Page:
Student’s passion for playwriting opens doors

Nicholas Struck, 21, of Louisville, Ky., is a performing arts major with an acting concentration and is involved in acting, directing, producing, and play writing. “I like being able to tell stories and sometimes my own,” Struck said.

Taylor Metcalf

“Making theater” is something senior Nick Struck is passionate about.

Originally from Louisville, Struck grew up in theatre and is now pursuing a degree in Performing Arts with a concentration in acting. At only 7 years old, his grandmother gave him his start in acting when she asked him to perform in her LGBTQ choir’s Christmas concert. He said he hasn’t stopped since.

But there is more to Struck than just acting. He has also tried his hand at playwriting, which led him places he didn’t expect to go. He said his writing began long before college and has only improved since.

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“I would write all the time as a kid,” Struck said. “In high school, I took a playwriting class and actually got to refine some skills. So I continued on that and just kept taking playwriting classes and just kept trying to get better.”

Struck said his inspiration for writing comes from a vast range of places. When he doesn’t have an idea but wants to write something, he said he listens to music he’s never heard before, reads poetry and looks at the news to see what is going on in the world. Other times, he said ideas come to him while he’s lying in bed, which leads him to grab his phone and start typing the ideas out.

Struck is currently working on his honors capstone thesis, “Transcendence,” a performance piece that focuses on how people connect and how a community is built. His piece builds off the tragedy of 9/11 and interviews he conducted with those who have been affected by it. He said he’s been working on the piece for years, and he’s glad to finally be developing it.

“Transcendence” is not the only noteworthy play Struck has written, however. His play “Contemporary Company” has been produced more than once and has reached as far as The University of East Anglia in Norwich, England, and the Barter Theatre in Virginia. The play has been worked on by professional directors and performed by professional actors.

“It’s a fun piece, and I really love working on it,” Struck said. “The most rewarding thing is being able to see your work on stage.”

Despite his successes, Struck said it wasn’t easy for him to get to where he is now, and it won’t be easy for him to get to where he wants to be in the future. He said his biggest struggle is perhaps himself.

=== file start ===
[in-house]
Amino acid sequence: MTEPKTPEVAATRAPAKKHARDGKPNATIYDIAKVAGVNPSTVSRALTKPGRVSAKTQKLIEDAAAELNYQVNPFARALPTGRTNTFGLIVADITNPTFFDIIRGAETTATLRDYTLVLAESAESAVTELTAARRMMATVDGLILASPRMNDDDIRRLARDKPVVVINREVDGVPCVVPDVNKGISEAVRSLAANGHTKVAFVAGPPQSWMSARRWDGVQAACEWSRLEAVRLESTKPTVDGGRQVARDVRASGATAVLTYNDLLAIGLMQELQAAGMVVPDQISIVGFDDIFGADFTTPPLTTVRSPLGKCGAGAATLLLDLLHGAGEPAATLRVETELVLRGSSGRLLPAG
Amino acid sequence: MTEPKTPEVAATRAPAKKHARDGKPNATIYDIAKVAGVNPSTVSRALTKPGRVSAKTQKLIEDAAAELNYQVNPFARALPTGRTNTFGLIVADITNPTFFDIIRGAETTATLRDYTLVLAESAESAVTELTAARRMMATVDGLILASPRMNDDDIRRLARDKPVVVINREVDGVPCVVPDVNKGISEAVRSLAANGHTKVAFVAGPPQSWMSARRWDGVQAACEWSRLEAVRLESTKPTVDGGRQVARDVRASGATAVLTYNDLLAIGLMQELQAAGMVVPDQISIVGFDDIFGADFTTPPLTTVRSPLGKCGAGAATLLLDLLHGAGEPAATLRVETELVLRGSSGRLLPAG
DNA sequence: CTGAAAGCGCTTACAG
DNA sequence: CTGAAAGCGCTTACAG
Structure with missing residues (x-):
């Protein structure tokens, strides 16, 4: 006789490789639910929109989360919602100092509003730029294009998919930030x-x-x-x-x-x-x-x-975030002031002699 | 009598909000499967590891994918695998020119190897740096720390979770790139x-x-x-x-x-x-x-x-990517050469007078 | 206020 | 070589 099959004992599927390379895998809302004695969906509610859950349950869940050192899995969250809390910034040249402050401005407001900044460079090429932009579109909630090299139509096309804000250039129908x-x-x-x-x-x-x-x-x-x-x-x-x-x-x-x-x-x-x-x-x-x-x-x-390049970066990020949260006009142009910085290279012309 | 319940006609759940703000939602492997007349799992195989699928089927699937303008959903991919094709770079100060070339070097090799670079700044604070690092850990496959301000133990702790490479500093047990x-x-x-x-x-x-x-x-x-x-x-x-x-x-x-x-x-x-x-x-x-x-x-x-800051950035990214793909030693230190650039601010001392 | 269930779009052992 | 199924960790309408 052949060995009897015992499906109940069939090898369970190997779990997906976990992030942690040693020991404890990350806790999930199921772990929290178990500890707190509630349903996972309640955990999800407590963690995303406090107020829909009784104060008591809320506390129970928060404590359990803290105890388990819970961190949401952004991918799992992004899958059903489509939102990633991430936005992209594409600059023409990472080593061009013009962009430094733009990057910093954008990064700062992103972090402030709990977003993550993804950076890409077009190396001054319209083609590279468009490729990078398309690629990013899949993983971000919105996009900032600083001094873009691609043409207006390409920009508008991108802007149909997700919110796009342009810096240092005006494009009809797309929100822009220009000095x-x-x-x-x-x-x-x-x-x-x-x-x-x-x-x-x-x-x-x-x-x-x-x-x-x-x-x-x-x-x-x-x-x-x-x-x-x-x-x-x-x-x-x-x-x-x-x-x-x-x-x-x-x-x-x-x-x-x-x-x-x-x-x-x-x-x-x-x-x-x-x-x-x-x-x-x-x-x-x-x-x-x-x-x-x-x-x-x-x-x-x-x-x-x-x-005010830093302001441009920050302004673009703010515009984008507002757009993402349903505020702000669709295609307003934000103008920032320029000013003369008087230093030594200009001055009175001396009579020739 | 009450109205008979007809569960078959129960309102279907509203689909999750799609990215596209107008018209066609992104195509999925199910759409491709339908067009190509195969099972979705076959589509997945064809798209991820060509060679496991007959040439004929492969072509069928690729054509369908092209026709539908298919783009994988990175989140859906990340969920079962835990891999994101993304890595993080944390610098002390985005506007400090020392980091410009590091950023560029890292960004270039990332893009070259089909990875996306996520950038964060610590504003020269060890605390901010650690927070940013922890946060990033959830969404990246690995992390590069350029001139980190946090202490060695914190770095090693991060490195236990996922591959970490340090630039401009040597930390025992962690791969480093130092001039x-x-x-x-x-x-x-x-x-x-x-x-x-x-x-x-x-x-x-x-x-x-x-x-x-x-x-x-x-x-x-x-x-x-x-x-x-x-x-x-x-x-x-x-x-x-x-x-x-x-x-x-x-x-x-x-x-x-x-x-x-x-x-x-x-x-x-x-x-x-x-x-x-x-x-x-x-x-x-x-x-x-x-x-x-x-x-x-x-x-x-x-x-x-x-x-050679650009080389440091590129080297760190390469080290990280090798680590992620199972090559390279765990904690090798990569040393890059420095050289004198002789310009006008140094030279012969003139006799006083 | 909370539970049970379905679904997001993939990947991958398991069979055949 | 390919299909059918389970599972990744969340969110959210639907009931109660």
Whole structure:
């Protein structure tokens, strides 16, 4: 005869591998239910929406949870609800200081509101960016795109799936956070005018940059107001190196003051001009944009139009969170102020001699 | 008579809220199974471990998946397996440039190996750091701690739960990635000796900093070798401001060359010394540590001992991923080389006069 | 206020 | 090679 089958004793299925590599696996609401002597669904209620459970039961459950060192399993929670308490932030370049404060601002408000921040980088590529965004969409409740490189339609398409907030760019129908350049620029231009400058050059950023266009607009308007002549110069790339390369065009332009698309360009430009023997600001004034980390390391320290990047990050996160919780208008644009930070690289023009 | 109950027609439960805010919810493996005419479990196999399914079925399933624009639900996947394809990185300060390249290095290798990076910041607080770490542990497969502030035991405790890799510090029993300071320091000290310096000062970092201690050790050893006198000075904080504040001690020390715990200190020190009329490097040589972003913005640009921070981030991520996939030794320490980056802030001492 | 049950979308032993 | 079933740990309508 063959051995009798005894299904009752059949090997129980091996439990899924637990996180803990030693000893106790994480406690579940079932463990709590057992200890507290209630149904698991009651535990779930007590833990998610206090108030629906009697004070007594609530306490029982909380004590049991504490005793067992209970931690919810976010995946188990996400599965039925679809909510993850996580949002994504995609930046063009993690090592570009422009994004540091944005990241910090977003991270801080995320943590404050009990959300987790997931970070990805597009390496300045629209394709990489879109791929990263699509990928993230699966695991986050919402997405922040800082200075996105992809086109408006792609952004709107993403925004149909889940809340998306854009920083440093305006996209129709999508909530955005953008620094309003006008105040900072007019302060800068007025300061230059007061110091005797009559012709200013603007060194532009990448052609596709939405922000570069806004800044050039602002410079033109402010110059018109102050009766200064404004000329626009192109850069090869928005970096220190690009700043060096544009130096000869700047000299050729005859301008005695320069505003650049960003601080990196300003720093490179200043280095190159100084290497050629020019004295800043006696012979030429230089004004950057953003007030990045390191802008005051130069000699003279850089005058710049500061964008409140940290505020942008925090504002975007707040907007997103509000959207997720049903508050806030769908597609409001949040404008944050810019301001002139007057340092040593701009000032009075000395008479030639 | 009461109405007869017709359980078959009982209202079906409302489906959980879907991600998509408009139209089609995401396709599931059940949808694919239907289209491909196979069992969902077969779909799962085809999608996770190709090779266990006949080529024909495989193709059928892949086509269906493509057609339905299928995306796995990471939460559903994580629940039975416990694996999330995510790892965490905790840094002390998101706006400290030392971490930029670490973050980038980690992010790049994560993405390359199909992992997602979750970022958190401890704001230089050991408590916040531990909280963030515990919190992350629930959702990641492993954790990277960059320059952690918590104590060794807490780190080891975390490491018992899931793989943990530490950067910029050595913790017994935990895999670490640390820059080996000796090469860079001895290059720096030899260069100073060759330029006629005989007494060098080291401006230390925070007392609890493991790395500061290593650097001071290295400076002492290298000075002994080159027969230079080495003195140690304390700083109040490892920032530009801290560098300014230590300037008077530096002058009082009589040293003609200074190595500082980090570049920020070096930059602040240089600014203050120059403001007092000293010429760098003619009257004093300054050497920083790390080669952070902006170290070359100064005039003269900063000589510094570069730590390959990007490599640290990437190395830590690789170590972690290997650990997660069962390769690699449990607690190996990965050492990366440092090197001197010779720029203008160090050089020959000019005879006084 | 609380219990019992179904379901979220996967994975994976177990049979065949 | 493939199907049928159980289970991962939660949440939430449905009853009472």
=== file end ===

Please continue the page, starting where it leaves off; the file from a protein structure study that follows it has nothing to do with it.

“The theater world is both simultaneously a big, scary place and also the smallest world imaginable,” Struck said.

Struck said he doesn’t plan to let this get in his way, though, and Michelle Dvoskin, the theatre program coordinator, said she sees great things ahead for Struck.

Dvoskin said she found Struck to be a hard-working person who wanted to make the world a better place through performance.

“He’s quite talented in a variety of areas,” Dvoskin said in an email. “I strongly suspect he’ll find a path in theatre that allows him to combine his passion for creating work as a writer and director with his love of acting.”

As for his plans after he graduates, Struck said he himself doesn’t have an answer. He has applied for internships and apprenticeships but also has plans to spend a year in New York with a friend. From there, he said he “had no clue.”

Struck said he wants to take it step-by-step and figure things out as they come along, finding opportunities and creating them for himself. He said he wants to find a way to be an artist and create what he feels called to create.

Jacey Fears, a friend of Struck, described him as “one of the most extraordinary artists” she knows.

“He is committed to telling the stories of those who have been left out of the narrative,” Fears said in an email. “And I feel, that in our current political and social climate the stories that he is committed to telling are what need to be heard.”

While Struck said he does not know what is in store for him, he said he’s ready to continue writing and learning along the way.

“I still feel like I’m new to this,” Struck said. “I’m a young playwright, and there is still so much for me to learn.”

Struck’s performance “Transcendence” will debut April 15 and 16 in Gordon Wilson Hall Lab Theatre at 8 p.m.

Features reporter Taylor Metcalf can be reached at 270-745-6291 and [email protected].